And what’s so great about learning to just be?

When I can just be I can stop feeling so agitated, antsy and bouncy. I can settle in and create all the good things I want in my life. I can help the puzzle pieces fit together in a way that is pleasing to me. I may not be able to fit them together to make the picture I thought they were going to make, but they’ll fit and it will still look nice and it will be okay.

When I just be I can feel the energy and flow of the universe. I can be present in that power/light/love that surrounds me all the time. Sometimes I forget it’s there, but it always is.

So this month the work is just to be. Be still. Be present. Be accepting. Ne happy. Be love.

Living Passionately-Share the Dream

We all have dreams. We all have secret desires. We all had that poster on our bedroom wall that we quietly kissed good night and then spent hours dreaming that the sexy celebrity decades too old for us would secretly fall in love and take us away to his fabulous mansion in Hollywood. Or at least every 10 year old girl I knew did.

And then I got older and the dreams changed, Continue reading

Turning 41

Remember back when I was so excited to turn 40? Remember how I knew it would be about coming into my own and refusing to take shit anymore? Well, maybe I didn’t say it exactly that way. Our Fab 40 group is changing our name to Fuck It, I’m 40…or something like that. Just sayin’. It wasn’t my idea, but I think I inspired it silently.

So, it’s coming upon the time for us to get together again and most of us are turning that year past 40. Or have turned. Or are contemplating it sometime later this year.

Yes, it’s 41. That year past 40. This fearless woman has to admit….41 is not sounding as fun.

Am I wrong? Continue reading

The Shift

I’m in the middle of a shift. I’ve been feeling it for a long time and FINALLY, I think I’m actually in it now. A few months ago it felt like I was a toddler learning to walk. I was on my feet, but too afraid to pick a foot up and move forward. I could even rock back and forth a little, hoping the momentum would propel me where I wanted to go. I was a bit willful, because I was pretty sure I knew where I wanted to go. I wasn’t just content to take a step, I had to make it across the room and if there were a few stairs I thought I’d tackle those too. You know how it is, thinking that learning to walk and climb stairs in the same day is not big deal.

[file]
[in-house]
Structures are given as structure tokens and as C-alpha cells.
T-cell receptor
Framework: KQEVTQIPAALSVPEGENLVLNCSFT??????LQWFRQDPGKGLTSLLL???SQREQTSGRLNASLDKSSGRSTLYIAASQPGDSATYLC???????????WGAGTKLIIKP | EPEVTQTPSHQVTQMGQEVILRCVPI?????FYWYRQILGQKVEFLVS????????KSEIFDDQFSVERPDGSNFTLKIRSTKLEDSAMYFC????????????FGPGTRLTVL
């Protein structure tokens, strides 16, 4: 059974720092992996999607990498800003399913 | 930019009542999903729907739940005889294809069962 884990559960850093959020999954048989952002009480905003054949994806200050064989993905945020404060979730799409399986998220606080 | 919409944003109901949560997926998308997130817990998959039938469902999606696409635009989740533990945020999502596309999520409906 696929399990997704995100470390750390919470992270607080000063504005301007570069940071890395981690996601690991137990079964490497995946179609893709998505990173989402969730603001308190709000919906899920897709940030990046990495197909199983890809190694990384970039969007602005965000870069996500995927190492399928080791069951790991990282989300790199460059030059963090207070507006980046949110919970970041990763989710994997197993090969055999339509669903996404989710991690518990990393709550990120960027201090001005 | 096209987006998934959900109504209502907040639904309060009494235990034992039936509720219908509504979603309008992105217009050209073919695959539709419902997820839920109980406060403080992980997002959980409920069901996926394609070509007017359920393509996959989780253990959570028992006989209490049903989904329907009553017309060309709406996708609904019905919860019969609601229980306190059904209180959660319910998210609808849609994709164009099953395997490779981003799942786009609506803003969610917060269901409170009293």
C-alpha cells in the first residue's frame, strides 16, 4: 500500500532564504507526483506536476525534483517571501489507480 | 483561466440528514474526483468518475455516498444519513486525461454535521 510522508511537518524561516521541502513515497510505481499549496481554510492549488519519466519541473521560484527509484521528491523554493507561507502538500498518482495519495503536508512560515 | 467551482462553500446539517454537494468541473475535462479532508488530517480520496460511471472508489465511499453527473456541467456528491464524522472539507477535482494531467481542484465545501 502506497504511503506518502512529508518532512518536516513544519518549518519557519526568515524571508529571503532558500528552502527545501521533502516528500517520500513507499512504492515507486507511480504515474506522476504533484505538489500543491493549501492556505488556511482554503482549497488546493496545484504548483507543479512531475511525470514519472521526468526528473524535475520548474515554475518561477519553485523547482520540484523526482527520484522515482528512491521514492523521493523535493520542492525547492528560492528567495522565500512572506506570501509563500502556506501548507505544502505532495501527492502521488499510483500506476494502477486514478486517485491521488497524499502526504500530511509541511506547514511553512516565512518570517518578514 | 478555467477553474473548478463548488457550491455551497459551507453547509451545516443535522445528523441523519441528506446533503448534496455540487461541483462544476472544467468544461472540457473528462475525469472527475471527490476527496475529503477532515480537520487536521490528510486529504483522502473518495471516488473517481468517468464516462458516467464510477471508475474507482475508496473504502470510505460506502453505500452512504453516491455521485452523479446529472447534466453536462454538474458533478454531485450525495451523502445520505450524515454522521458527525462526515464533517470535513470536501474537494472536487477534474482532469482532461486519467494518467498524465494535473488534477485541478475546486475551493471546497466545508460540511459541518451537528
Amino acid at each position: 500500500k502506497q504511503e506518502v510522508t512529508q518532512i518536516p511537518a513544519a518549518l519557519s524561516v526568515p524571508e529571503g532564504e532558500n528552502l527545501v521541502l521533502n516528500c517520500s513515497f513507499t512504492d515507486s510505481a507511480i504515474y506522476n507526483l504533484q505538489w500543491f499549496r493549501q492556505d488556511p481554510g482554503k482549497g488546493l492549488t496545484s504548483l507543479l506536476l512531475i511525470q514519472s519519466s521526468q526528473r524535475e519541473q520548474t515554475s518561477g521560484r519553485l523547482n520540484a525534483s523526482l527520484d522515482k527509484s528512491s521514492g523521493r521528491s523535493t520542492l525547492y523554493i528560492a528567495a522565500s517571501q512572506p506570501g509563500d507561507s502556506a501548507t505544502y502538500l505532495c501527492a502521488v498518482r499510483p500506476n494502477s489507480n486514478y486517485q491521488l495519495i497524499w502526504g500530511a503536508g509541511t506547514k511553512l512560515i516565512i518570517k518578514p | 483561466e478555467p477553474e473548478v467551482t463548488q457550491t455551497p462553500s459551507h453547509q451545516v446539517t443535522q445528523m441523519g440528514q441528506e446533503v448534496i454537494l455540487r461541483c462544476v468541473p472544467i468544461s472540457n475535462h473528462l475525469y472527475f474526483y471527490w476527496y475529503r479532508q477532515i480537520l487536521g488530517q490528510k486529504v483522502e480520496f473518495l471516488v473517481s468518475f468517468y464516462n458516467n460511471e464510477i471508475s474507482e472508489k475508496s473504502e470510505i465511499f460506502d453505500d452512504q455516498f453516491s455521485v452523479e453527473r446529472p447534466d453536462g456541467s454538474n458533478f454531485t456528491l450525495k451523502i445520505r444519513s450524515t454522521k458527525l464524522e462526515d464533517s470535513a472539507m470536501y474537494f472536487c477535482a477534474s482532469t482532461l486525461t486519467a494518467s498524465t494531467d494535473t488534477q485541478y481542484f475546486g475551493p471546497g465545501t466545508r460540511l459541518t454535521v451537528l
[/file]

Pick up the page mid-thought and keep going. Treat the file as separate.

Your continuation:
Today, I see my folly. I was, after all, just a toddler. Today I think I’ve gained a little insight and am just in the joy of knowing how to walk.

Shifting? I’m not sure what happened, but life is humming along and I’m realizing that I’m humming with it. I’ve learned that if I just stop planning, predicting, manipulating, analyzing, and pushing I’ll get where I need to go a lot easier. I’ve learned to be still. REALLY still people. I was so still I could hear my breath, your breath and the breath of the woman across the street. I didn’t think about what I wanted, I listened for what I needed. I let the universe whisper in my ear, fold into my heart and wrap around me fuzzy and warm.

And I won’t say I did it gracefully. It sounded nice, didn’t it? But, no, in true Melissa fashion, I yelled at people, cried a lot, was exhausted, tired, achy, angry and sullen. I got so sick of myself, you, them, everyone that I really had no choice but to just shut up and be still. And on the day that I realized I had no choice my back hurt so  badly I didn’t want to move. The universe forced me to be still. And I found that I really liked it. Well, no. I was pissed I had to cancel my classes and do things completely differently for a few days. But then when I cleaned up my act and my back got better, I realized that being still had been the answer.

Be still. Stillness is such a gift.

Be still. It’s what I teach, but not often what I practice. I teach flow yoga-I’m not still in my practice and I’m rarely still in my life. I’ve had periods of stillness with great insight and thought Wow! I should do that more often. This time the lesson I learned is to be Be Still every day.

Be Still. When I am still, I am calm and centered. When I am still I’m not pushing, I can feel where I’m being pulled. Pulled is so much more powerful than pushed. When I push I am indulging my ego. I’m thinking about what would make me comfortable in this moment. My ego is always looking for comfort and isn’t really good at accepting the unknown. When I am pulled I am being guided by something larger than myself. I am being drawn to where my heart really wants to be, even if I can’t always see it. When I am pulled I am open and the unknown is a great adventure. And accepting the great unknown adventure is how I get to places that are more wonderful, more exciting, more gratifying than anything I could ever have planned.

And the shift is this wonderful place of acceptance. I can just be Melissa right here, right now. I don’t have to worry about rejection, abandonment, lonliness, exhaustion, failure or any of the other million fears I have. I’m honest, I know that there are only a few fears that come back over and over again to smack me up side the head. I can be okay with these too. I’m shifting and allowing myself to be transparent. I recognize my personal growth, but also that which  I offer to others by being transparent.

The shift finds me contemplating a wonderful, wonderful life with new and exciting challenges. The shift is what I was always craving. It was the thing that was missing, the thing that always made me feel I’d forgotten something.

I’m shifting, changing, growing, expanding and loving it all. Sometimes we don’t have to struggle. Sometimes the work is just to relax.  Today I’m releasing into all that is good and exciting, inspiring and fun. I may have to work harder tomorrow, but for today I’m just right here.